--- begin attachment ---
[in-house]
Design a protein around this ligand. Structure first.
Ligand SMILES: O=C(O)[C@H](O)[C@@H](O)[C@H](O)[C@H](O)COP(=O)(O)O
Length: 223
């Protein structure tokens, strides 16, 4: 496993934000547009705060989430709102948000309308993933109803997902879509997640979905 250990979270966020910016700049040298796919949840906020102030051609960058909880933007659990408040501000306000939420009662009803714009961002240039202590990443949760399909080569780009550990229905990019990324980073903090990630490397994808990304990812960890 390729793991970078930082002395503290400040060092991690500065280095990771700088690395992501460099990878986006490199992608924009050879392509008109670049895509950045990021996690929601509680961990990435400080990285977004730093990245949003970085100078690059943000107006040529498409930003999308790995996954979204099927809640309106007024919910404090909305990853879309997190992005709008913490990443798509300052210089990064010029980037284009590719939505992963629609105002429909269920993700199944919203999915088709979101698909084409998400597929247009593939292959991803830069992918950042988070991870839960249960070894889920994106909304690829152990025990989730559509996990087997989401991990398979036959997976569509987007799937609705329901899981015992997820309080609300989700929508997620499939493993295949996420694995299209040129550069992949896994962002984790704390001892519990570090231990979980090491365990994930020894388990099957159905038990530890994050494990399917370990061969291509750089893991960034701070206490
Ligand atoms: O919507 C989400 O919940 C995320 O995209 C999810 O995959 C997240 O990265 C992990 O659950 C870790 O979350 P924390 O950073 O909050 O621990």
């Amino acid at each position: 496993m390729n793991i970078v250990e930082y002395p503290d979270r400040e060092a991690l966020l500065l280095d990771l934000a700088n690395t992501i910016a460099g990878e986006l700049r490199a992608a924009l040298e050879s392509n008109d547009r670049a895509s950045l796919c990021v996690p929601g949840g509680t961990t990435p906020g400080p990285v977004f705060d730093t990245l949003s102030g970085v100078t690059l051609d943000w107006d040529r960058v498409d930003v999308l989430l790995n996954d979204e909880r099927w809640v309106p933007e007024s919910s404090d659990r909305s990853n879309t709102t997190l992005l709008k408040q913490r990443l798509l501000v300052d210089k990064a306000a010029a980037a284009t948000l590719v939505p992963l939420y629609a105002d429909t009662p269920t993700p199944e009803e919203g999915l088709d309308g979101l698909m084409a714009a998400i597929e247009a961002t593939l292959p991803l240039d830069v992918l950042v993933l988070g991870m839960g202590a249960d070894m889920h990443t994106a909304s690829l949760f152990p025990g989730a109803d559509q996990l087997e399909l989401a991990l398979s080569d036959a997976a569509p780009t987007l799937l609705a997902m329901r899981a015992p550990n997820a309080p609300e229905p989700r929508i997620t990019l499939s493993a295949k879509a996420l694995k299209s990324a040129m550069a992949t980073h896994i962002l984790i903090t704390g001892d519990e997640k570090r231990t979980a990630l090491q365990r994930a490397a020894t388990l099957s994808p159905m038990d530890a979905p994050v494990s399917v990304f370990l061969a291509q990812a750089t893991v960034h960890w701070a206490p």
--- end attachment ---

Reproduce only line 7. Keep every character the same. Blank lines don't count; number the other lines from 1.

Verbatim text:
């Amino acid at each position: 496993m390729n793991i970078v250990e930082y002395p503290d979270r400040e060092a991690l966020l500065l280095d990771l934000a700088n690395t992501i910016a460099g990878e986006l700049r490199a992608a924009l040298e050879s392509n008109d547009r670049a895509s950045l796919c990021v996690p929601g949840g509680t961990t990435p906020g400080p990285v977004f705060d730093t990245l949003s102030g970085v100078t690059l051609d943000w107006d040529r960058v498409d930003v999308l989430l790995n996954d979204e909880r099927w809640v309106p933007e007024s919910s404090d659990r909305s990853n879309t709102t997190l992005l709008k408040q913490r990443l798509l501000v300052d210089k990064a306000a010029a980037a284009t948000l590719v939505p992963l939420y629609a105002d429909t009662p269920t993700p199944e009803e919203g999915l088709d309308g979101l698909m084409a714009a998400i597929e247009a961002t593939l292959p991803l240039d830069v992918l950042v993933l988070g991870m839960g202590a249960d070894m889920h990443t994106a909304s690829l949760f152990p025990g989730a109803d559509q996990l087997e399909l989401a991990l398979s080569d036959a997976a569509p780009t987007l799937l609705a997902m329901r899981a015992p550990n997820a309080p609300e229905p989700r929508i997620t990019l499939s493993a295949k879509a996420l694995k299209s990324a040129m550069a992949t980073h896994i962002l984790i903090t704390g001892d519990e997640k570090r231990t979980a990630l090491q365990r994930a490397a020894t388990l099957s994808p159905m038990d530890a979905p994050v494990s399917v990304f370990l061969a291509q990812a750089t893991v960034h960890w701070a206490p």